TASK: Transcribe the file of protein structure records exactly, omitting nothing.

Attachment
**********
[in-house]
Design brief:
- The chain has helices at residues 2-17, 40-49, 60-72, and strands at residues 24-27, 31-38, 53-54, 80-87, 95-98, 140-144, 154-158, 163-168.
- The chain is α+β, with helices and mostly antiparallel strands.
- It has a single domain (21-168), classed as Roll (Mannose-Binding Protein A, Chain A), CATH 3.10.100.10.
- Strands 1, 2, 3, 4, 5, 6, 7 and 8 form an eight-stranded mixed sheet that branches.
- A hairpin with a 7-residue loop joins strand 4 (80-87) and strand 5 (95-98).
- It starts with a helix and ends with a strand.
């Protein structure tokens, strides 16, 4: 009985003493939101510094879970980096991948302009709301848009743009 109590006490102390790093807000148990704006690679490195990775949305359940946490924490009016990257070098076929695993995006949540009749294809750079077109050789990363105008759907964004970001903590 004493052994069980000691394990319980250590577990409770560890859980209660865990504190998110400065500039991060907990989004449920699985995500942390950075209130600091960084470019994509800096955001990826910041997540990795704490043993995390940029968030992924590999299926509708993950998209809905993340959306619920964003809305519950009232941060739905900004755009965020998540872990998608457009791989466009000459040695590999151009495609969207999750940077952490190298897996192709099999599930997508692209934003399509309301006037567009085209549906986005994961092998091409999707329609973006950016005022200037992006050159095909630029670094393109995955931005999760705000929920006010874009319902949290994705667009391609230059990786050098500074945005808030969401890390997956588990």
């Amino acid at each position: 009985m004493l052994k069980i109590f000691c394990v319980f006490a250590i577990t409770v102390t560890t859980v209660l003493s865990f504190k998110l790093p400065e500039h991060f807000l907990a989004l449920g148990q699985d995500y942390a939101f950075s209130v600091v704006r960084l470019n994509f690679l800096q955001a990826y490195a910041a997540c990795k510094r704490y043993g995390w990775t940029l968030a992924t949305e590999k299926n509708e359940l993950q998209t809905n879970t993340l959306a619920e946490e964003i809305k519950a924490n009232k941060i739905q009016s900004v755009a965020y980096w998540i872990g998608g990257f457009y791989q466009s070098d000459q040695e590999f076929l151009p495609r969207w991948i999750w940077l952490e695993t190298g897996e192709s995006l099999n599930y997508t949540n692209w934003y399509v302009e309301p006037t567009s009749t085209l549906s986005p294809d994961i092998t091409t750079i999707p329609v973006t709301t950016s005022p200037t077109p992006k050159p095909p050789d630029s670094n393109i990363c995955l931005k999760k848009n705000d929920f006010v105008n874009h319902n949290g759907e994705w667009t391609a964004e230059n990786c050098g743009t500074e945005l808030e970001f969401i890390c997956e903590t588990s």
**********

[in-house]
Design brief:
- The chain has helices at residues 2-17, 40-49, 60-72, and strands at residues 24-27, 31-38, 53-54, 80-87, 95-98, 140-144, 154-158, 163-168.
- The chain is α+β, with helices and mostly antiparallel strands.
- It has a single domain (21-168), classed as Roll (Mannose-Binding Protein A, Chain A), CATH 3.10.100.10.
- Strands 1, 2, 3, 4, 5, 6, 7 and 8 form an eight-stranded mixed sheet that branches.
- A hairpin with a 7-residue loop joins strand 4 (80-87) and strand 5 (95-98).
- It starts with a helix and ends with a strand.
């Protein structure tokens, strides 16, 4: 009985003493939101510094879970980096991948302009709301848009743009 109590006490102390790093807000148990704006690679490195990775949305359940946490924490009016990257070098076929695993995006949540009749294809750079077109050789990363105008759907964004970001903590 004493052994069980000691394990319980250590577990409770560890859980209660865990504190998110400065500039991060907990989004449920699985995500942390950075209130600091960084470019994509800096955001990826910041997540990795704490043993995390940029968030992924590999299926509708993950998209809905993340959306619920964003809305519950009232941060739905900004755009965020998540872990998608457009791989466009000459040695590999151009495609969207999750940077952490190298897996192709099999599930997508692209934003399509309301006037567009085209549906986005994961092998091409999707329609973006950016005022200037992006050159095909630029670094393109995955931005999760705000929920006010874009319902949290994705667009391609230059990786050098500074945005808030969401890390997956588990």
């Amino acid at each position: 009985m004493l052994k069980i109590f000691c394990v319980f006490a250590i577990t409770v102390t560890t859980v209660l003493s865990f504190k998110l790093p400065e500039h991060f807000l907990a989004l449920g148990q699985d995500y942390a939101f950075s209130v600091v704006r960084l470019n994509f690679l800096q955001a990826y490195a910041a997540c990795k510094r704490y043993g995390w990775t940029l968030a992924t949305e590999k299926n509708e359940l993950q998209t809905n879970t993340l959306a619920e946490e964003i809305k519950a924490n009232k941060i739905q009016s900004v755009a965020y980096w998540i872990g998608g990257f457009y791989q466009s070098d000459q040695e590999f076929l151009p495609r969207w991948i999750w940077l952490e695993t190298g897996e192709s995006l099999n599930y997508t949540n692209w934003y399509v302009e309301p006037t567009s009749t085209l549906s986005p294809d994961i092998t091409t750079i999707p329609v973006t709301t950016s005022p200037t077109p992006k050159p095909p050789d630029s670094n393109i990363c995955l931005k999760k848009n705000d929920f006010v105008n874009h319902n949290g759907e994705w667009t391609a964004e230059n990786c050098g743009t500074e945005l808030e970001f969401i890390c997956e903590t588990s």